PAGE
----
As decade changes, Padres hope results do, too

GM Preller has forecasted the '20s as when the Padres turn the corner

February 6th, 2020

SAN DIEGO -- Two years ago, the Padres spent a franchise-record $144 million on . Last winter, they doubled that total -- and then some -- to sign .

They followed each of those signings with a press conference in the Colonnade Room at the Peoria Sports Complex. Those two spectacles -- spread roughly a year apart -- were decidedly new for a franchise that had never splurged quite like that before. The Padres were coming off a decade of mediocrity, and ownership was intent on changing that.

To date, the big spending hasn't produced results. In some ways, that was expected. While the Padres were signing two of the sport's biggest free agents, they were also building a juggernaut farm system. But their commitment to youth came at the expense of big league production. General manager A.J. Preller neglected to fill the fringes of his roster, preferring instead to give his prospects some early auditions.

This offseason was different. When Preller signed Machado and Hosmer, he did so with both eyes on the future. Now -- if Preller's offseason moves are any indication -- it's about the present.

No, the Padres weren't able to land their big-name target this winter. Mookie Betts is instead headed to Los Angeles, per reports, where he'll become a division rival.

But the Padres' very involvement speaks to Preller's philosophy. Consider the moves that did come to fruition this winter:

• Landed in a deal that sent Hunter Renfroe and Xavier Edwards to Tampa Bay. Instantly, Pham is one of their three best hitters. But he'll be 32 years old on Opening Day and has only two seasons of control left. Renfroe has four, and Edwards is a high-upside prospect. It's clearly a win-now move.

• Signed to a four-year contract worth $34 million. The deal raised some eyebrows, given that Pomeranz is 31 years old and will be pitching in relief after struggling as a starter. But he clearly solidifies the Padres' bullpen for 2020. That's another win-now move.

• Flipped Luis Urías for in what qualifies as a “challenge trade.” But the other portion of that deal saw lefty Eric Lauer (free agent after 2024) head to Milwaukee, with (free agent after '21) going to San Diego. Davies has the better track record, but Lauer has more long-term value. Again: That's a win-now move.

• In need of a second baseman after the Urías trade, they sent prospects Austin Allen and Buddy Reed to Oakland for . Allen and Reed are fringe pieces, but they could've fit long term. Profar qualifies as a one-year rental. Yup, win now.

This isn't to say the Padres are all in on 2020. Their elite prospects were off flimits this winter, an acknowledgement that the brightest days are probably coming after '20.

But Preller clearly wants the contention window to open this season. His pursuit of Betts -- who will be a pricey free agent after this season -- is the latest bit of proof.

"The goal, when we started this process four years ago," Preller said, "was to look at this decade as the decade we're going to be successful."

Of course, Preller needs things to start changing for the better. He's entering his sixth full season as general manager, and he's yet to finish with more than 74 wins. Padres ownership has mandated improvement in 2020 or "heads will roll," executive chairman Ron Fowler said.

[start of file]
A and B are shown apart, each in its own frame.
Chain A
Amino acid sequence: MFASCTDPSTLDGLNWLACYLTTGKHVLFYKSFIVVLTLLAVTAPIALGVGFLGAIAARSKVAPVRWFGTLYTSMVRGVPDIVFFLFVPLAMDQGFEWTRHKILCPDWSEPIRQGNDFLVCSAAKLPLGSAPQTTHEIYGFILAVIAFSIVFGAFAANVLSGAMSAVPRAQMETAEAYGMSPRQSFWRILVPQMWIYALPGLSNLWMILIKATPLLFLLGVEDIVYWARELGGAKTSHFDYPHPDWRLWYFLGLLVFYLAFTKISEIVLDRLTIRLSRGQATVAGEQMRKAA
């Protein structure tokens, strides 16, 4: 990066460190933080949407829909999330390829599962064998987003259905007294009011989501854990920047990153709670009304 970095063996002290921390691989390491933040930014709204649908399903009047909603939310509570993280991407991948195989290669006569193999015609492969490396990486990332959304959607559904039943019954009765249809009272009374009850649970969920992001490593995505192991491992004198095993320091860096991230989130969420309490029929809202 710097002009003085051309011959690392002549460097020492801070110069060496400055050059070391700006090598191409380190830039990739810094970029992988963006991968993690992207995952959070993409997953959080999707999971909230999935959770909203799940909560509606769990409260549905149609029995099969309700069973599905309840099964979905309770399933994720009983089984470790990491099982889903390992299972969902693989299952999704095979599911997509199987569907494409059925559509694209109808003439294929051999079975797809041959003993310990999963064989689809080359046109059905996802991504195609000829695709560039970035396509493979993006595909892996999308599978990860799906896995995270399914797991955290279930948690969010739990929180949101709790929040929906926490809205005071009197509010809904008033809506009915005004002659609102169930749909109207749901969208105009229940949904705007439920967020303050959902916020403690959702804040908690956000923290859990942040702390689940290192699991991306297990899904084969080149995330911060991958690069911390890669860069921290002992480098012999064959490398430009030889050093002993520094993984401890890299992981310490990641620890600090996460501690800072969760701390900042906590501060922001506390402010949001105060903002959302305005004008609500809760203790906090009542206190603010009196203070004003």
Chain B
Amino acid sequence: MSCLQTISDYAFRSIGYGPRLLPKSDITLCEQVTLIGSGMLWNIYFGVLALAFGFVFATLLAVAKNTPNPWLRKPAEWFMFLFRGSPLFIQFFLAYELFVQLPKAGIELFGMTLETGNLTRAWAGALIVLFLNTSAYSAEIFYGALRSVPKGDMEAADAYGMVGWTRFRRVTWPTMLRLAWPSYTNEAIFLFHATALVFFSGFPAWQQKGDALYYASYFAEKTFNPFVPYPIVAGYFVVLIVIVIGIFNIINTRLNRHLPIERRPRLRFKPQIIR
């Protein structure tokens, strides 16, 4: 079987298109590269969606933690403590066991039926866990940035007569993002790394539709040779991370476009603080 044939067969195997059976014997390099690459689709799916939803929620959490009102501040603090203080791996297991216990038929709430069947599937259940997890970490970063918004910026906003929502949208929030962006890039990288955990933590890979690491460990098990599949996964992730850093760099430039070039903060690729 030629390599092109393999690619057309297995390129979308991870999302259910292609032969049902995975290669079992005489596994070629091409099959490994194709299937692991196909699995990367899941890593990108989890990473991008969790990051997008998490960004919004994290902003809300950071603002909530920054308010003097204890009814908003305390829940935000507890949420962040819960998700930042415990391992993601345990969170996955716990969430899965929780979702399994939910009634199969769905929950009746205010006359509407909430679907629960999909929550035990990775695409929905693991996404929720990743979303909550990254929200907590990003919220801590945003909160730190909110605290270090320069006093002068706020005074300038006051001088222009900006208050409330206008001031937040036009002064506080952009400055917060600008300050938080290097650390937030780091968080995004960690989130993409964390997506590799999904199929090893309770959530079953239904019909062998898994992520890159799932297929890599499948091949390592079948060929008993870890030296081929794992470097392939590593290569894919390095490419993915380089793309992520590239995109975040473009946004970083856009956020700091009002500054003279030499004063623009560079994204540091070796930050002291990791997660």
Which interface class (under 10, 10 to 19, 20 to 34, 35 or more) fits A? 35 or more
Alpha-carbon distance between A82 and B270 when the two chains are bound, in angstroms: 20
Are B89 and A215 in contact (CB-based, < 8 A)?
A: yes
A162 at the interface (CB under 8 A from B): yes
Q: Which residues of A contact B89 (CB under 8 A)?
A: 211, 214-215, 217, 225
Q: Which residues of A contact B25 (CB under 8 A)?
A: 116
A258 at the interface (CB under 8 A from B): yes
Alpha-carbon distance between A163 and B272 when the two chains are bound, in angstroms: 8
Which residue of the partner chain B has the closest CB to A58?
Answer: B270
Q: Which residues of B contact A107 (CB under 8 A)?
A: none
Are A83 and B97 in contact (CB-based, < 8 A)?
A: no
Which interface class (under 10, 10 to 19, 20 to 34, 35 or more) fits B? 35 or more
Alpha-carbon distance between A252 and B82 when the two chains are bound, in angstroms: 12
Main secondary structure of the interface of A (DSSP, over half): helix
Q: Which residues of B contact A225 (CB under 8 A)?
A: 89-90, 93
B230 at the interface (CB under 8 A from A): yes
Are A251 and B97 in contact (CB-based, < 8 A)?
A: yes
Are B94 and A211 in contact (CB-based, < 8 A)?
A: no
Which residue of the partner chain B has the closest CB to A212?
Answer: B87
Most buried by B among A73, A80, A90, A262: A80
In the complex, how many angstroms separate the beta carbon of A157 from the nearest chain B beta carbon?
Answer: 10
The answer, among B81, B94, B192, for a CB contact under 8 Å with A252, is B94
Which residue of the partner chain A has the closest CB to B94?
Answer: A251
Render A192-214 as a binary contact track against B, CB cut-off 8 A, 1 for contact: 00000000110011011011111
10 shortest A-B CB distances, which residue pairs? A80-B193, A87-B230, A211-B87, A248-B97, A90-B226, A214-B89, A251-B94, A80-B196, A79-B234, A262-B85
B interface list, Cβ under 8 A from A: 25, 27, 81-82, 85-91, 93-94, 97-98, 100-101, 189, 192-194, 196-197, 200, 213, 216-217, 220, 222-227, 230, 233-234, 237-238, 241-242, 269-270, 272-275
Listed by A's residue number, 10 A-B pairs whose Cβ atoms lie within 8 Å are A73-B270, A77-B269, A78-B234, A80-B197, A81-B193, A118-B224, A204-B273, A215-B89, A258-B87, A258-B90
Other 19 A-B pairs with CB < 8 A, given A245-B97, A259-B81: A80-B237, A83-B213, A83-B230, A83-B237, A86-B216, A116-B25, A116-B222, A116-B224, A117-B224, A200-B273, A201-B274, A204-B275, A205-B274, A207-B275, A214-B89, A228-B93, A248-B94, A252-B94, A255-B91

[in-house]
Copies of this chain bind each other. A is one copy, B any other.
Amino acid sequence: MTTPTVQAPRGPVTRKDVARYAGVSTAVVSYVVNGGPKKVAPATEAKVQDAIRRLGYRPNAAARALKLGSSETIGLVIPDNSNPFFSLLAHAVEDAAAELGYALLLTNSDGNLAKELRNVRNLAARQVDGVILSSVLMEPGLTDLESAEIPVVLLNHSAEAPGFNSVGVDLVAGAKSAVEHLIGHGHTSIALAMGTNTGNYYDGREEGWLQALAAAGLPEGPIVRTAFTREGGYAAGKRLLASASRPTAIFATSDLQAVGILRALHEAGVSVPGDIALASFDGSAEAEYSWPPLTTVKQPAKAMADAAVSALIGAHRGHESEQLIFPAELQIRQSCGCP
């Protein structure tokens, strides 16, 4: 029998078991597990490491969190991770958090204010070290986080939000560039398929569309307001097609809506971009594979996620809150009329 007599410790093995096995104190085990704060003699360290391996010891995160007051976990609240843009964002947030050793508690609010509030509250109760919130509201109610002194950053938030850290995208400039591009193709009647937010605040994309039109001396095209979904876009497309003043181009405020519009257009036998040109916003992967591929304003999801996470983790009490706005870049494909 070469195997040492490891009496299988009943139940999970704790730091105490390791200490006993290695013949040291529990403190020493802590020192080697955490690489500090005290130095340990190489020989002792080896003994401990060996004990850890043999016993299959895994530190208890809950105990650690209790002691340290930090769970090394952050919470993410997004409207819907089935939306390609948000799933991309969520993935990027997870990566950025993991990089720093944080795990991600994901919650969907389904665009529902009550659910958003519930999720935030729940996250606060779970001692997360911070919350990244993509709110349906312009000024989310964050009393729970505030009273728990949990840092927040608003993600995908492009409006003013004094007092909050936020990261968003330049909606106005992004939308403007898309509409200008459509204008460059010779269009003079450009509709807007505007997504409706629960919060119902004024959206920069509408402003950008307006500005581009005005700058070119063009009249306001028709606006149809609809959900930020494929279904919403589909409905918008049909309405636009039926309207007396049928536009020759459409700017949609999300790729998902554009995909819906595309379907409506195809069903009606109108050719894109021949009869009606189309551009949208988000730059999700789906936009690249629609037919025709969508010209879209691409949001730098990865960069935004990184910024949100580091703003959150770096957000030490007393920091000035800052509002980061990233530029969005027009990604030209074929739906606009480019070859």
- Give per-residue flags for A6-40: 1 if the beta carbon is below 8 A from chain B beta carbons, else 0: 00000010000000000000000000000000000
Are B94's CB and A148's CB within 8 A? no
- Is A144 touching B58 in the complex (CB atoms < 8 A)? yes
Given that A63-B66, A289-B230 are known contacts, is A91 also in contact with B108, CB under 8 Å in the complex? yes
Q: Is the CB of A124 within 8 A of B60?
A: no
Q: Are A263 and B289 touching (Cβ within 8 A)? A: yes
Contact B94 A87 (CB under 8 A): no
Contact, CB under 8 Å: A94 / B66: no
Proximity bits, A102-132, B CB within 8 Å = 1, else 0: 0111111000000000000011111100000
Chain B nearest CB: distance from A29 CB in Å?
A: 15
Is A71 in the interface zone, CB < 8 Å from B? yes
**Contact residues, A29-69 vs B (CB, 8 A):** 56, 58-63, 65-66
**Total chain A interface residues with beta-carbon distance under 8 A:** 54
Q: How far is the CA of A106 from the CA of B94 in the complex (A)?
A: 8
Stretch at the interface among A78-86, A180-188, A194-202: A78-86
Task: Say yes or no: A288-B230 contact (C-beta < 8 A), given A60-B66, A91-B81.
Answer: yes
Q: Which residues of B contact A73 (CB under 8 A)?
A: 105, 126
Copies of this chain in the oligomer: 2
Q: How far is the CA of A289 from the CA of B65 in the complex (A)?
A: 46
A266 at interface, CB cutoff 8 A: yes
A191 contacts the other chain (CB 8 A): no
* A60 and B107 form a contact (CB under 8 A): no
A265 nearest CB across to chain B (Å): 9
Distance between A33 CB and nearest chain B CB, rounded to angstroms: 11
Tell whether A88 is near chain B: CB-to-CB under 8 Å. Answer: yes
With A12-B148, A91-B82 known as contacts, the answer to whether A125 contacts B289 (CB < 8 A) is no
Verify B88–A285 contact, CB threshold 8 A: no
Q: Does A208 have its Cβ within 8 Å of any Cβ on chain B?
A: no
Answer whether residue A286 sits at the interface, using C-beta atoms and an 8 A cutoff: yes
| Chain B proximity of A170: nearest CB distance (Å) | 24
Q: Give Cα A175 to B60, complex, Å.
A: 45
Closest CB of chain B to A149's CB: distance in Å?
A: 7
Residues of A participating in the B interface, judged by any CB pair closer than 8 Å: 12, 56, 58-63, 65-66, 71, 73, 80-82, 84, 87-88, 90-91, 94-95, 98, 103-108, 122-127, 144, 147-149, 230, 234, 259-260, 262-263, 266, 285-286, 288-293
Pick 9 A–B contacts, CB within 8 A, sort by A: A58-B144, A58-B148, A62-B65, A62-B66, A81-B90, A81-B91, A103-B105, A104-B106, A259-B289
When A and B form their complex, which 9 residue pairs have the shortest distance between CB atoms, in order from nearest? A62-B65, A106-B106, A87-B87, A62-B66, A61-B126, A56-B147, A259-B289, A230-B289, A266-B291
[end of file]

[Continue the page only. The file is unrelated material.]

Naturally, Preller has aligned the Padres' trajectory for a 2020 turnaround. The offense has its flaws in the bottom half of the lineup. But with Pham, Machado, Hosmer and , it's clearly the best of Preller's tenure.

The pitching staff has question marks, too. But has emerged as one of the sport's best young starters, with top prospects MacKenzie Gore and Luis Patiño perhaps set to join him this season. In the meantime, Preller has built arguably the best bullpen in the National League, mitigating some rotation concerns.

On paper, this has the makings of the best Padres team since the 2010 club missed a division title on the final day of the season. Early projections put their win total in the low 80s. Still, the Padres are coming off a 70-92 season in which they were 22 games below .500 in the second half. Their abysmal finish prompted the dismissal of Andy Green and later the hiring of neophyte manager Jayce Tingler.

"Everybody’s hungry," Machado said. "We left that taste in our mouths of letting it slip out of our hands after the break. We don’t want that to happen this year. ... We’re going to use that as motivation.”

Machado and the Padres prefer to believe that this team is closer to the first-half version of itself -- the one that entered July squarely in playoff contention. Tatis is set to return from the lower back injury that sidelined him for the last month and a half of the season. Paddack will be shorn of the innings and pitch-count restrictions that held him back last year.

"Why not be the force of the staff?" Paddack mused recently. That certainly feels like the logical next step for him.

Along with the emergence of Paddack, hard-throwing righties Dinelson Lamet and Garrett Richards have returned from Tommy John surgery. But perhaps most importantly, the Padres are eyeing bounce-back seasons from their high-priced stars -- Machado and Hosmer. Suffice it to say, that duo hasn't lived up to the expectations of their record-setting contracts.

If they make up for it in 2020, those struggles from '19 will be quickly forgotten. Preller hasn’t been building for '19, after all. He's been building for '20.